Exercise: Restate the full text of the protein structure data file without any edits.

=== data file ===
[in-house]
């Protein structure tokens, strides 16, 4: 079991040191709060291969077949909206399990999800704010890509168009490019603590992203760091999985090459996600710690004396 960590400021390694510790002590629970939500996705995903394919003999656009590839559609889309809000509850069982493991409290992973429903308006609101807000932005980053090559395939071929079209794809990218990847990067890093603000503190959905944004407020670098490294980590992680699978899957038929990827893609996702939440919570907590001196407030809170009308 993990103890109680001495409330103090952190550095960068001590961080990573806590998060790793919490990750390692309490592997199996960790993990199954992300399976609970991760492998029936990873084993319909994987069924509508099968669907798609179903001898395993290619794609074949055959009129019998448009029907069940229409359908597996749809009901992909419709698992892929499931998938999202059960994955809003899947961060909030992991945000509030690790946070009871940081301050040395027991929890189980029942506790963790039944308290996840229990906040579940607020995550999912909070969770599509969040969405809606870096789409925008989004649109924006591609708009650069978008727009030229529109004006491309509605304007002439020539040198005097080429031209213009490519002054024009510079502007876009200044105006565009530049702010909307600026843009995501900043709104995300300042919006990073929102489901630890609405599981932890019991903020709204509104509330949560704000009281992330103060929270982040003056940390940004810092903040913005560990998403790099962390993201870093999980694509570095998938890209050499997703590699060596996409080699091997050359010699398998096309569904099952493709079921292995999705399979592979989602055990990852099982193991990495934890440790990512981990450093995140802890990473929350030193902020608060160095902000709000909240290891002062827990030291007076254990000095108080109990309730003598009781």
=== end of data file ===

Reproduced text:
[in-house]
């Protein structure tokens, strides 16, 4: 079991040191709060291969077949909206399990999800704010890509168009490019603590992203760091999985090459996600710690004396 960590400021390694510790002590629970939500996705995903394919003999656009590839559609889309809000509850069982493991409290992973429903308006609101807000932005980053090559395939071929079209794809990218990847990067890093603000503190959905944004407020670098490294980590992680699978899957038929990827893609996702939440919570907590001196407030809170009308 993990103890109680001495409330103090952190550095960068001590961080990573806590998060790793919490990750390692309490592997199996960790993990199954992300399976609970991760492998029936990873084993319909994987069924509508099968669907798609179903001898395993290619794609074949055959009129019998448009029907069940229409359908597996749809009901992909419709698992892929499931998938999202059960994955809003899947961060909030992991945000509030690790946070009871940081301050040395027991929890189980029942506790963790039944308290996840229990906040579940607020995550999912909070969770599509969040969405809606870096789409925008989004649109924006591609708009650069978008727009030229529109004006491309509605304007002439020539040198005097080429031209213009490519002054024009510079502007876009200044105006565009530049702010909307600026843009995501900043709104995300300042919006990073929102489901630890609405599981932890019991903020709204509104509330949560704000009281992330103060929270982040003056940390940004810092903040913005560990998403790099962390993201870093999980694509570095998938890209050499997703590699060596996409080699091997050359010699398998096309569904099952493709079921292995999705399979592979989602055990990852099982193991990495934890440790990512981990450093995140802890990473929350030193902020608060160095902000709000909240290891002062827990030291007076254990000095108080109990309730003598009781």